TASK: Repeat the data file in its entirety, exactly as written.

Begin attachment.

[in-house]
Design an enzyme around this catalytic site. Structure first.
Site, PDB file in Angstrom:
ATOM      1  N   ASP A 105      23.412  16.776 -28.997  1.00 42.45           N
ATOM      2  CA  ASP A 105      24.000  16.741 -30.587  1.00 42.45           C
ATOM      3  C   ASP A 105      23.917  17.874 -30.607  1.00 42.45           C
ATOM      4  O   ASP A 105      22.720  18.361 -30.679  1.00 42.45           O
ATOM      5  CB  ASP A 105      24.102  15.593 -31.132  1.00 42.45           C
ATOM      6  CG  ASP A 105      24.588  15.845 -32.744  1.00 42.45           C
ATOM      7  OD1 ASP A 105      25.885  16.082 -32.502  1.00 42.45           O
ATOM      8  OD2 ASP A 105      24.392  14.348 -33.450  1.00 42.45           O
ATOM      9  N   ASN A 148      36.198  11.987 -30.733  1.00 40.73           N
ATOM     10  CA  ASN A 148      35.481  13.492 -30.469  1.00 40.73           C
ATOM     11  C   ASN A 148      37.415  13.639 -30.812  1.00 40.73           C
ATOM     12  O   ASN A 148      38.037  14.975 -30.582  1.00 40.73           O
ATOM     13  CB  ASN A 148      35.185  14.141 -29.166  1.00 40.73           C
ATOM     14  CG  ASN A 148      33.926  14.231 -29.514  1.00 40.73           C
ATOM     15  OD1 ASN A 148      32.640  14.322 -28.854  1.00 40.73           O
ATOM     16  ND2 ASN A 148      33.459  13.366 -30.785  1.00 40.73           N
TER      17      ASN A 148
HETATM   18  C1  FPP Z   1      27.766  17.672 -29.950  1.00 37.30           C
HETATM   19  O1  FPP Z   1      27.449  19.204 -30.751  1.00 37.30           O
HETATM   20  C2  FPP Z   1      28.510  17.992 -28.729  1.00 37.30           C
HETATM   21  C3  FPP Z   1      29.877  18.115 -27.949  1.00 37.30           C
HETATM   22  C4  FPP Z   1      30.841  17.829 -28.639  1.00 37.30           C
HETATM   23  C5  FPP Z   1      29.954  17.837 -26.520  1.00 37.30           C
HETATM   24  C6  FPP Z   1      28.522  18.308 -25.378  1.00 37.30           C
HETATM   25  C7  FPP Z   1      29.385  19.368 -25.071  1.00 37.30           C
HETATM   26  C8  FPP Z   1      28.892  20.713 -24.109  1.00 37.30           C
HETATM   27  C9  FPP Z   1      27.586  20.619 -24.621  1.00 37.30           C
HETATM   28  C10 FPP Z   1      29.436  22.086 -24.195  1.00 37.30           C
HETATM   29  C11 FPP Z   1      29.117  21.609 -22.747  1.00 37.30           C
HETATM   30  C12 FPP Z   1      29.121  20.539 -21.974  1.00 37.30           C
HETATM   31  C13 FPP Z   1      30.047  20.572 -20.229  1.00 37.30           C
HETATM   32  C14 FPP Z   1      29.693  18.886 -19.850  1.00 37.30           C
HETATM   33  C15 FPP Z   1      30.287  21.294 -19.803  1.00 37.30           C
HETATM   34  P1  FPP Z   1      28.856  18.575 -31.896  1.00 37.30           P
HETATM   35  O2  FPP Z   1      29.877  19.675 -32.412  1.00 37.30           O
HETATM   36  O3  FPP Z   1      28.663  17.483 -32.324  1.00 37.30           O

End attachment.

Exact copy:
[in-house]
Design an enzyme around this catalytic site. Structure first.
Site, PDB file in Angstrom:
ATOM      1  N   ASP A 105      23.412  16.776 -28.997  1.00 42.45           N
ATOM      2  CA  ASP A 105      24.000  16.741 -30.587  1.00 42.45           C
ATOM      3  C   ASP A 105      23.917  17.874 -30.607  1.00 42.45           C
ATOM      4  O   ASP A 105      22.720  18.361 -30.679  1.00 42.45           O
ATOM      5  CB  ASP A 105      24.102  15.593 -31.132  1.00 42.45           C
ATOM      6  CG  ASP A 105      24.588  15.845 -32.744  1.00 42.45           C
ATOM      7  OD1 ASP A 105      25.885  16.082 -32.502  1.00 42.45           O
ATOM      8  OD2 ASP A 105      24.392  14.348 -33.450  1.00 42.45           O
ATOM      9  N   ASN A 148      36.198  11.987 -30.733  1.00 40.73           N
ATOM     10  CA  ASN A 148      35.481  13.492 -30.469  1.00 40.73           C
ATOM     11  C   ASN A 148      37.415  13.639 -30.812  1.00 40.73           C
ATOM     12  O   ASN A 148      38.037  14.975 -30.582  1.00 40.73           O
ATOM     13  CB  ASN A 148      35.185  14.141 -29.166  1.00 40.73           C
ATOM     14  CG  ASN A 148      33.926  14.231 -29.514  1.00 40.73           C
ATOM     15  OD1 ASN A 148      32.640  14.322 -28.854  1.00 40.73           O
ATOM     16  ND2 ASN A 148      33.459  13.366 -30.785  1.00 40.73           N
TER      17      ASN A 148
HETATM   18  C1  FPP Z   1      27.766  17.672 -29.950  1.00 37.30           C
HETATM   19  O1  FPP Z   1      27.449  19.204 -30.751  1.00 37.30           O
HETATM   20  C2  FPP Z   1      28.510  17.992 -28.729  1.00 37.30           C
HETATM   21  C3  FPP Z   1      29.877  18.115 -27.949  1.00 37.30           C
HETATM   22  C4  FPP Z   1      30.841  17.829 -28.639  1.00 37.30           C
HETATM   23  C5  FPP Z   1      29.954  17.837 -26.520  1.00 37.30           C
HETATM   24  C6  FPP Z   1      28.522  18.308 -25.378  1.00 37.30           C
HETATM   25  C7  FPP Z   1      29.385  19.368 -25.071  1.00 37.30           C
HETATM   26  C8  FPP Z   1      28.892  20.713 -24.109  1.00 37.30           C
HETATM   27  C9  FPP Z   1      27.586  20.619 -24.621  1.00 37.30           C
HETATM   28  C10 FPP Z   1      29.436  22.086 -24.195  1.00 37.30           C
HETATM   29  C11 FPP Z   1      29.117  21.609 -22.747  1.00 37.30           C
HETATM   30  C12 FPP Z   1      29.121  20.539 -21.974  1.00 37.30           C
HETATM   31  C13 FPP Z   1      30.047  20.572 -20.229  1.00 37.30           C
HETATM   32  C14 FPP Z   1      29.693  18.886 -19.850  1.00 37.30           C
HETATM   33  C15 FPP Z   1      30.287  21.294 -19.803  1.00 37.30           C
HETATM   34  P1  FPP Z   1      28.856  18.575 -31.896  1.00 37.30           P
HETATM   35  O2  FPP Z   1      29.877  19.675 -32.412  1.00 37.30           O
HETATM   36  O3  FPP Z   1      28.663  17.483 -32.324  1.00 37.30           O